Jordan Raanan, a columnist for NJ.com, certainly isn’t off base when he says Manning “might be in for a culture shock” in McAdoo’s west coast system, radically different than Gilbride’s somewhat antiquated power run-throw deep scheme.

Personnel groupings, for one, will be different for the Giants under McAdoo. The Packers, where McAdoo served as QBs coach the last two seasons, ran three-wide receiver sets on more than 60 percent of their offensive snaps last season, compared to just 40 percent for the G-Men. New York had two runners in the backfield on one in four plays last year, whereas Green Bay used two-back sets on about one in 10 snaps.

Then there’s the issue of the ideal west coast offense quarterback – one that makes quick decisions, delivers the ball to playmakers in space, and does so accurately. Manning excels at precisely none of those things.

Here’s a look at his passing accuracy over the past five years:

 

Player

Season

Completion percentage

Eli Manning

2009

62.4

Eli Manning

2010

62.9

Eli Manning

2011

61

Eli Manning

2012

59.9

Eli Manning

2013

57.5

 

Slowly that percentage goes, dwindling down toward the horrid mid-50s, where guys like Mark Sanchez have resided. Eli’s career completion percentage is 58.5 percent – not terrible, but miles away from good.

I don’t have an explanation – and I couldn’t find one from game film gurus – for the factors impacting Manning’s accuracy, whether it’s footwork or fundamentals or just the constant pressure he’s faced in recent seasons.

Whatever it is, it’s disturbing. McAdoo’s offensive scheme requires short-throw accuracy. Perhaps Manning can learn a new trick or two, but he is clearly a bad fit for any sort of west coast approach.

That’s not to say that McAdoo won’t make tweaks to his offense in hopes of playing to his quarterback’s strengths. We saw Marc Trestman and Mike McCoy do that very thing last season with the quarterbacks they inherited in Chicago and San Diego, respectively.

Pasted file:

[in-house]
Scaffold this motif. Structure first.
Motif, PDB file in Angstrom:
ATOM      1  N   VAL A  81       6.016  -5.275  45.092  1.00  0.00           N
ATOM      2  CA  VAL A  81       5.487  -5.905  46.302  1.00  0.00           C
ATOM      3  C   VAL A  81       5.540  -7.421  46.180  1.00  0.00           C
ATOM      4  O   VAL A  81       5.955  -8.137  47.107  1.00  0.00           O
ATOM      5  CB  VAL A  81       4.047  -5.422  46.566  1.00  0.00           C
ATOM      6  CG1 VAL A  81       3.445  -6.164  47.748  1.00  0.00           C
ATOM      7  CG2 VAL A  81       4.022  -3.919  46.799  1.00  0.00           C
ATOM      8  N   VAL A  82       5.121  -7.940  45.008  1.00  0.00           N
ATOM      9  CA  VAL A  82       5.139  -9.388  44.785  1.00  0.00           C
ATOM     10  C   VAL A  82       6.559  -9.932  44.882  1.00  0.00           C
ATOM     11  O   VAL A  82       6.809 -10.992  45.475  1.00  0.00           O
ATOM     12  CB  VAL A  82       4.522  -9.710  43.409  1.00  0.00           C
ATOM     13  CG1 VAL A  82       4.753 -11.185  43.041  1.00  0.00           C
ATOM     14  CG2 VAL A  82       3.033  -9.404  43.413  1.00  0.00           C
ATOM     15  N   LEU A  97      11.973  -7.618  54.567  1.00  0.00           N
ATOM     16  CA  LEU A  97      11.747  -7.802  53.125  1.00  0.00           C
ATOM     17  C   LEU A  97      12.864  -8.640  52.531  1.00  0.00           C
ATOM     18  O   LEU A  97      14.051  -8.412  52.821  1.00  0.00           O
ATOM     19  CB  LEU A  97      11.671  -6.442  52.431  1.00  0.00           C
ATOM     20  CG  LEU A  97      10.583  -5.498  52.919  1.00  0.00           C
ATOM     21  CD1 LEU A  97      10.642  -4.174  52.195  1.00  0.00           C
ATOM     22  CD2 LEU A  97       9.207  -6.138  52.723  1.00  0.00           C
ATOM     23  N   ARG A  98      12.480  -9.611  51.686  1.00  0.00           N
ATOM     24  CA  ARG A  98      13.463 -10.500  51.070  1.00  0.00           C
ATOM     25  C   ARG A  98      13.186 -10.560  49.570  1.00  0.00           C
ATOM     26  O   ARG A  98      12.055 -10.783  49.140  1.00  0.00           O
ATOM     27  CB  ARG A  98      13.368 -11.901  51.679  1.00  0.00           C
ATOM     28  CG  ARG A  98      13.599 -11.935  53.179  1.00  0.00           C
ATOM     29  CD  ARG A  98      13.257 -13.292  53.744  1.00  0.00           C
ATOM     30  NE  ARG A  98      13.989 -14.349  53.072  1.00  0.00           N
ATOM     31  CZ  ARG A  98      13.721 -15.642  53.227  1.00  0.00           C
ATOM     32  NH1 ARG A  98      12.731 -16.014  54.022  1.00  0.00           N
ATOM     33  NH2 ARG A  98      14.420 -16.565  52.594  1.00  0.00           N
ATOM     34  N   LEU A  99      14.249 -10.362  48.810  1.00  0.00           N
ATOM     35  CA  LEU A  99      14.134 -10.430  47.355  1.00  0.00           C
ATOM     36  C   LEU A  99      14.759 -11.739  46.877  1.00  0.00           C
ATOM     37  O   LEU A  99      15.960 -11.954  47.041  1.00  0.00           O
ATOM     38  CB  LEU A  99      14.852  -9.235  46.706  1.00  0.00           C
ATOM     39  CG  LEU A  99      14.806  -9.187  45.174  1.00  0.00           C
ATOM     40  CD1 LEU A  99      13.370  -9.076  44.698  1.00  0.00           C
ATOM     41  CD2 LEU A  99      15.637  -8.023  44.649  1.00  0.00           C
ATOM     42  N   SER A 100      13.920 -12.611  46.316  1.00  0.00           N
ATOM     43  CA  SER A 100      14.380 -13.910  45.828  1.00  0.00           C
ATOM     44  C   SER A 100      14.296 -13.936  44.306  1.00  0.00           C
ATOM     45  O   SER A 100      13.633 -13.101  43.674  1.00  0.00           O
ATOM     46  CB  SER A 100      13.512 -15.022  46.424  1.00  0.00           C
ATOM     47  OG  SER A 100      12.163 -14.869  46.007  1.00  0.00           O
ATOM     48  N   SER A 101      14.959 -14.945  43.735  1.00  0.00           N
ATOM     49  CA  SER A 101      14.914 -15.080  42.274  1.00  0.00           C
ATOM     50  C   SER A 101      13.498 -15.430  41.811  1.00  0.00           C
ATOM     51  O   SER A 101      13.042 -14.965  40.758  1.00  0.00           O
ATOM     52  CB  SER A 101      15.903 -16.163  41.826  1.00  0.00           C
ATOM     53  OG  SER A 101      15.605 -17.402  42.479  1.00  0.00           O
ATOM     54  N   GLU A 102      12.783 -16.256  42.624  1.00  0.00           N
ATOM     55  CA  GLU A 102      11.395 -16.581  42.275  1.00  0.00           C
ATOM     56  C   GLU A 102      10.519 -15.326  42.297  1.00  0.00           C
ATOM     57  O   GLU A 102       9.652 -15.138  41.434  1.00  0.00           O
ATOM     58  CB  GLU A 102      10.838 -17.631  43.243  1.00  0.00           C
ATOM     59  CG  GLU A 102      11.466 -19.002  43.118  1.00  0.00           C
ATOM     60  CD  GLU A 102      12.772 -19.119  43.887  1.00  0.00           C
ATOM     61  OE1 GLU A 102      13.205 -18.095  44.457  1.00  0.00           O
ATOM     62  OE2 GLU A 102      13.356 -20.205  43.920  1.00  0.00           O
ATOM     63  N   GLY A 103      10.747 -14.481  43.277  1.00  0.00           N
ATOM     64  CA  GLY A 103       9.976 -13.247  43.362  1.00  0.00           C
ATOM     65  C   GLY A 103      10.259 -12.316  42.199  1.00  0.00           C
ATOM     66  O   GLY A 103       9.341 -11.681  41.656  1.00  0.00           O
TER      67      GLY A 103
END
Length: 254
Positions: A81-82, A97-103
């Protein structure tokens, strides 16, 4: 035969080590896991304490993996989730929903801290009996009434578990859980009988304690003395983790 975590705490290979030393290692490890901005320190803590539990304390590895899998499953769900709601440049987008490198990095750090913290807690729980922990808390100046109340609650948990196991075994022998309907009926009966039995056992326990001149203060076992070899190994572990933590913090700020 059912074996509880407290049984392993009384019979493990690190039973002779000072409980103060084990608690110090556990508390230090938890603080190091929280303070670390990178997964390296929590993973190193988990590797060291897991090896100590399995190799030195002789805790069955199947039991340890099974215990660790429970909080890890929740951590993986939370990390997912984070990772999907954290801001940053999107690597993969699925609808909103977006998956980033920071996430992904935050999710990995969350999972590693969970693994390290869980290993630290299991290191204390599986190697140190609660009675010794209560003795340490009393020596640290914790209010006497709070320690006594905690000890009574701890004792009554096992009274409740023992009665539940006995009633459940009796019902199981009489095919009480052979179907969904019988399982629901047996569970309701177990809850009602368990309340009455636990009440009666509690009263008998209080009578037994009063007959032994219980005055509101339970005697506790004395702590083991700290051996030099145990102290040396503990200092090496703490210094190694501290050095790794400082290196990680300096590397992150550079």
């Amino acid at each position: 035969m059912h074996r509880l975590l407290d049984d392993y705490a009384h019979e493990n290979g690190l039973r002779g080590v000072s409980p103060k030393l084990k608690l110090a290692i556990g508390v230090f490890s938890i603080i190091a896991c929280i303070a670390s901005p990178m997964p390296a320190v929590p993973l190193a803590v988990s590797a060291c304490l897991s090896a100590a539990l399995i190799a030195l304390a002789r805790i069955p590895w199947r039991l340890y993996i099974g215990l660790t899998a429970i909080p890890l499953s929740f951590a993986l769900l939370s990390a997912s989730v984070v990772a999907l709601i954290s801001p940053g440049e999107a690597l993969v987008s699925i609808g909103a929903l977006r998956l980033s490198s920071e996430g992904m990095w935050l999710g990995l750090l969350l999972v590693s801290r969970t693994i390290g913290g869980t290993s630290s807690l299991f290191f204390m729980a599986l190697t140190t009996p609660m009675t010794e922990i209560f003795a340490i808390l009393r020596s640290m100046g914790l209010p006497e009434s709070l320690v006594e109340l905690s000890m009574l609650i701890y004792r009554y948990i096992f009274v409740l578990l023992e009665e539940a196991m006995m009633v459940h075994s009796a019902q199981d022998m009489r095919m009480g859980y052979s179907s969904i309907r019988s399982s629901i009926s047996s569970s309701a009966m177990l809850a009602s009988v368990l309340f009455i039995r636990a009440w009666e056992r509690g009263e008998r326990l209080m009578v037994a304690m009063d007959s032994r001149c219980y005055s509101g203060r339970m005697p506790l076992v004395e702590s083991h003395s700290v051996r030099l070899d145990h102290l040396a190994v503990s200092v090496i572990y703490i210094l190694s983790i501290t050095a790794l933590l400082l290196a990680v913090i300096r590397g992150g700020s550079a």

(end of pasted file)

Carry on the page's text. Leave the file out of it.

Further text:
“Really, as the offseason and training camp goes on, every offensive system tailors towards the strength of the starting quarterback,” McAdoo said shortly after the Giants hired him. “What he does well and what he doesn't do well. At the end of the day, your system is built around the personnel, not the other way around.”

McAdoo, first and foremost, will be charged with “maximizing the potential of a 33-year-old quarterback playing in a new system for the first time in his professional career,” Raanan wrote for NJ.com. “It’s a good thing McAdoo comes with impressive credentials and a respected offensive mind. It’s going to be put to the test immediately.”

The early indications, from a fantasy football perspective, are far less than encouraging. Manning is the 25th quarterback being taken in too-early mock drafts, behind, amazingly, Blake Bortles and Teddy Bridgewater. Old Eli isn’t going to come with a shred of fantasy risk this season, and rightfully so. In fact, he’ll go un-drafted in all but the deepest of leagues.

I can only hope he’ll be a QBBWW option in McAdoo’s offense. By all indications, however, Manning is a square peg being stubbornly jammed into a round hole.

 

C.D. Carter will have more next week on what McAdoo’s arrival in New York means for the team’s wide receivers, running backs, and tight ends.

 

Filed Under: Preseason, 2014